Planning continues for a potential gastroenteritis outbreak. Anyone with symptoms (vomiting and/or diarrhoea) should phone their GP or pharmacy for advice.

Do not swim in rivers and beaches where raw sewage may be present. Locations include all beaches between the Waimakariri River and Lyttelton Harbour. The affected beaches include:

• Spencer Beach

• Waimairi Beach

• North Beach

• New Brighton Beach

• South Brighton Beach

• Christchurch Estuary

• The beaches at Sumner and Scarborough

• Taylor’s Mistake Beach

• All beaches in Lyttelton Harbour.

Free Urgent Medical Treatment

If you are unwell, visit your General Practice team. If your health issue is earthquake related, your visit may be free. This arrangement is in place until the end of Sunday 13 March. This is being funded by the South Island DHBs.

The urgent medical care offer is also being generously matched by major North Island general practice networks Procare in Auckland, Wellington's Compass and the Midlands Health Network (covering Taranaki, Waikato, some of Lakes and Tairawhiti). Christchurch evacuees in the North Island should ring first to check the initiative is being offered at their nearest practice.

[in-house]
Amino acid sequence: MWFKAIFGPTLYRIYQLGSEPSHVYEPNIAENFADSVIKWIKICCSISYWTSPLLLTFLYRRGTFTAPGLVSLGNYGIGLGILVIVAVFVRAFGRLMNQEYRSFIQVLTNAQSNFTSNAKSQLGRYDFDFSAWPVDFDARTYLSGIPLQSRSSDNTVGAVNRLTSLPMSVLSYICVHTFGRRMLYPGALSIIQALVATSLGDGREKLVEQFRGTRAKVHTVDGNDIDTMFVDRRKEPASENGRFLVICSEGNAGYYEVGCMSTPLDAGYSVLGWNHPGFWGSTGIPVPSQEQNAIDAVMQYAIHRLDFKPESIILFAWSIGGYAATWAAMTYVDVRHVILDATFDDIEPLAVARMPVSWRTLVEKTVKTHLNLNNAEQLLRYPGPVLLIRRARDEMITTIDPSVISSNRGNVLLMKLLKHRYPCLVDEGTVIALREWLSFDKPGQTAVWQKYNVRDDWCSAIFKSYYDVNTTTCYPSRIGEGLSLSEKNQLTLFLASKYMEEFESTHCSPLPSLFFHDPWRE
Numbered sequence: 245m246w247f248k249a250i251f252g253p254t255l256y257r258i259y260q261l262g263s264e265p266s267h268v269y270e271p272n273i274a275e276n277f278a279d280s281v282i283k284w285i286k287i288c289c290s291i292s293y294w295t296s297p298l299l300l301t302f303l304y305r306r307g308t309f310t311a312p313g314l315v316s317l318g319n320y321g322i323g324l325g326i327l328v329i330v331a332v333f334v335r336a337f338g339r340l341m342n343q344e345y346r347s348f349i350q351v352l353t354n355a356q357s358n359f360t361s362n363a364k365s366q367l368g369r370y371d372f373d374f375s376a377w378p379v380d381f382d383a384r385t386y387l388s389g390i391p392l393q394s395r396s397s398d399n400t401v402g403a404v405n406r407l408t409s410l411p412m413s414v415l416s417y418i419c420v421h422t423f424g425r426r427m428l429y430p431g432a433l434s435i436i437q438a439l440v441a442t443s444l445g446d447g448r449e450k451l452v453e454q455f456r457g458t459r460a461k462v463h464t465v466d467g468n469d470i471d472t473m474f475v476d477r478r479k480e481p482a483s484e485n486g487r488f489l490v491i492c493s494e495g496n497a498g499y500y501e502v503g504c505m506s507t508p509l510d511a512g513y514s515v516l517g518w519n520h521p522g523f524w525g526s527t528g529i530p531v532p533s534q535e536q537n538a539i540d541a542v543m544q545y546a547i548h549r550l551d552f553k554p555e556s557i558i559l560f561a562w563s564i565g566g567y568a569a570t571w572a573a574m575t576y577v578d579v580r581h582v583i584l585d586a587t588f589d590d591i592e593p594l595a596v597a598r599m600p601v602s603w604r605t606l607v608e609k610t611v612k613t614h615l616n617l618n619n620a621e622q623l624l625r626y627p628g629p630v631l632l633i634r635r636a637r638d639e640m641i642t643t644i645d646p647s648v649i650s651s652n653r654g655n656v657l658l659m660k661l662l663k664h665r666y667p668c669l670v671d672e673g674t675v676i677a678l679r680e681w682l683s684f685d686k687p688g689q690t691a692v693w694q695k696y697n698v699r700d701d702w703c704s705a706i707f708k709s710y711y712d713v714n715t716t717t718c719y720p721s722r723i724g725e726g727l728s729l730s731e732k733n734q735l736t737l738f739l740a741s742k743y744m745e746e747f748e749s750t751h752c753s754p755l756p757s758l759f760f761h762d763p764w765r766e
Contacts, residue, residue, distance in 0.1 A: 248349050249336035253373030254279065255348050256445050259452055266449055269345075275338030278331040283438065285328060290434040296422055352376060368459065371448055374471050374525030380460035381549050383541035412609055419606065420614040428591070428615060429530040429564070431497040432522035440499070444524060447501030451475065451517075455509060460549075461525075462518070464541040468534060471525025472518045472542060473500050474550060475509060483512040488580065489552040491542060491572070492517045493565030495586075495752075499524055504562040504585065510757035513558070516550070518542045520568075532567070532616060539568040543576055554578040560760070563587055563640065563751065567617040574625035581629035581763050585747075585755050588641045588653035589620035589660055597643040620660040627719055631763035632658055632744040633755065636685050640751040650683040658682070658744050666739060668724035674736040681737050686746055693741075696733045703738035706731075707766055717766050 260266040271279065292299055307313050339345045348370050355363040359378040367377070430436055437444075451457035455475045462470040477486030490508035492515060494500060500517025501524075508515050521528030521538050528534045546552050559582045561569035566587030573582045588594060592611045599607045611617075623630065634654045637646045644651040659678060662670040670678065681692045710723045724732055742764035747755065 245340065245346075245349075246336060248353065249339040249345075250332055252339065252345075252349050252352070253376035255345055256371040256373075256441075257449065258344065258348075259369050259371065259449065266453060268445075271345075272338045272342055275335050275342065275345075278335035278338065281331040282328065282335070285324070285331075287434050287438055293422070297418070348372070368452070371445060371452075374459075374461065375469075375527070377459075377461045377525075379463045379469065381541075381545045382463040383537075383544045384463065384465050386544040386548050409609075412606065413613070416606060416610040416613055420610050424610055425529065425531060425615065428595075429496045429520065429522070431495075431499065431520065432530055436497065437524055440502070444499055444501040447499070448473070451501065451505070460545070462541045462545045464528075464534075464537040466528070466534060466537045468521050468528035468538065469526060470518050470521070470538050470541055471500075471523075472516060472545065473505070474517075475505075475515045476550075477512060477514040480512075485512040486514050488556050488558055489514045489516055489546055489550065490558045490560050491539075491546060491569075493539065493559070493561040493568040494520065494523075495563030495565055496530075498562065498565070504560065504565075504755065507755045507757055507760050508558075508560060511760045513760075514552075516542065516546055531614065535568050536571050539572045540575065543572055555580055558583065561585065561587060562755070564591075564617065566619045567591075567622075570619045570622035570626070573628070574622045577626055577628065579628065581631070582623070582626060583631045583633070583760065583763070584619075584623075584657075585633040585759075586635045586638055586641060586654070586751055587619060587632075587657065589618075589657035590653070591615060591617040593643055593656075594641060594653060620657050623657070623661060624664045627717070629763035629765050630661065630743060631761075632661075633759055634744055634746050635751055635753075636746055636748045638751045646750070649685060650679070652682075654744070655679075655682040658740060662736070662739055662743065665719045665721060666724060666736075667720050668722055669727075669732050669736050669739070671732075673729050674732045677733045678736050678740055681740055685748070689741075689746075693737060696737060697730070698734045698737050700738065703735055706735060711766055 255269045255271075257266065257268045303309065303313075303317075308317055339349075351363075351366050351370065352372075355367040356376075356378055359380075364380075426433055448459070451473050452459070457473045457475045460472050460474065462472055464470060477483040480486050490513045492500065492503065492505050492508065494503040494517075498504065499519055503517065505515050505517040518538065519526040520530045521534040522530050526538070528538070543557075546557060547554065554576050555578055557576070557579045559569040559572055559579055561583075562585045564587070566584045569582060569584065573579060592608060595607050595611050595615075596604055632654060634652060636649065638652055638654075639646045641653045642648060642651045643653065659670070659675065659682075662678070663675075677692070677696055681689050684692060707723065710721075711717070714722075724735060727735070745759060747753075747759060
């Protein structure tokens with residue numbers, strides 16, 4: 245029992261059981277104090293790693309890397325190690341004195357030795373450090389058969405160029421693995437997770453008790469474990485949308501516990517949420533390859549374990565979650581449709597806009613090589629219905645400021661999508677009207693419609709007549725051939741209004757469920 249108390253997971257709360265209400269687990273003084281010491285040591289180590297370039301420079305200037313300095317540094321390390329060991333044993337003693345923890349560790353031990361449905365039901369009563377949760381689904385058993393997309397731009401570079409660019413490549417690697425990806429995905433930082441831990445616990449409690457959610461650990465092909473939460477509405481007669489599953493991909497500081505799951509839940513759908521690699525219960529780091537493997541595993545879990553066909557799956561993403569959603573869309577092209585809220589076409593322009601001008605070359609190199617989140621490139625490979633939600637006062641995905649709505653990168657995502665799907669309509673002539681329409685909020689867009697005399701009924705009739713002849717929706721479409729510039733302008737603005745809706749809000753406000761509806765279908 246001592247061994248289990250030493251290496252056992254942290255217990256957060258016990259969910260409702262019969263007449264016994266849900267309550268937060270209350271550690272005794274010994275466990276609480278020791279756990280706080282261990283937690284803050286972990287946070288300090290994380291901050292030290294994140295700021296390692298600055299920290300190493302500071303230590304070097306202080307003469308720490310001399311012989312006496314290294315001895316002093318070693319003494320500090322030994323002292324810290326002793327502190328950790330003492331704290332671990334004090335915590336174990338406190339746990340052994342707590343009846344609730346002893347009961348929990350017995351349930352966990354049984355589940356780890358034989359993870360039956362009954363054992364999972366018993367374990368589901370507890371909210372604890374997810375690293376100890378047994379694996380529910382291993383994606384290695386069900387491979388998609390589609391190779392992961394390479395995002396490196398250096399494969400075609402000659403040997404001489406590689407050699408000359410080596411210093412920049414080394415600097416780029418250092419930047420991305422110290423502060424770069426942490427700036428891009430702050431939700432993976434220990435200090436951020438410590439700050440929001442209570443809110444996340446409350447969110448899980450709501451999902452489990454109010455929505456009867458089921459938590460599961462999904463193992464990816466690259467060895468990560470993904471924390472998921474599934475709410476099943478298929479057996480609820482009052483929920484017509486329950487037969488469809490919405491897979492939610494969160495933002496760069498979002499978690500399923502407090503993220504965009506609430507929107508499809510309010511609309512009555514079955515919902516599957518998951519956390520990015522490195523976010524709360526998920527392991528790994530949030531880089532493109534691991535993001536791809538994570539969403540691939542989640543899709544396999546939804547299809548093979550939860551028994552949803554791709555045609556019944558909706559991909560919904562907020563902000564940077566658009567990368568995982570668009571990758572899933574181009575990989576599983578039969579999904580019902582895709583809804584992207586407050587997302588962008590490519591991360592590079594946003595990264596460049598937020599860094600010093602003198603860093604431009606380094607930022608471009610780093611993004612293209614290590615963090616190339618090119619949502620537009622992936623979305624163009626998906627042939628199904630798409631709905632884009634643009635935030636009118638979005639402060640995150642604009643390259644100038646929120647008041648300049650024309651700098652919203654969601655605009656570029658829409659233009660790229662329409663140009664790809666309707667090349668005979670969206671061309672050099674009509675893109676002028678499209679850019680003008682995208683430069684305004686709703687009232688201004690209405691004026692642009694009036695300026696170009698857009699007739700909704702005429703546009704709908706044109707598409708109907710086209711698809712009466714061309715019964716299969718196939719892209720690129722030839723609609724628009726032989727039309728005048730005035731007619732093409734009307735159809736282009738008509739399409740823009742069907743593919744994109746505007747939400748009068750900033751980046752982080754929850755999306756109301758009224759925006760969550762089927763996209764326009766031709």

In recognition of GPs support, DHBs are waiving the usual deduction on Canterbury practices when their patients are treated elsewhere until March 13.

General Practices and Pharmacies

Despite ongoing difficulties with infrastructure, most General Practice Teams are now open. Rural GPs remain very busy.

You can phone your General Practice 24 hours a day. When your practice is closed at night, you will be put through to a telephone triage service. If your general practice phone number is not working or you do not have a usual general practice, ring 365 7777. For emergencies and life threatening conditions ring 111.

Looking after ourselves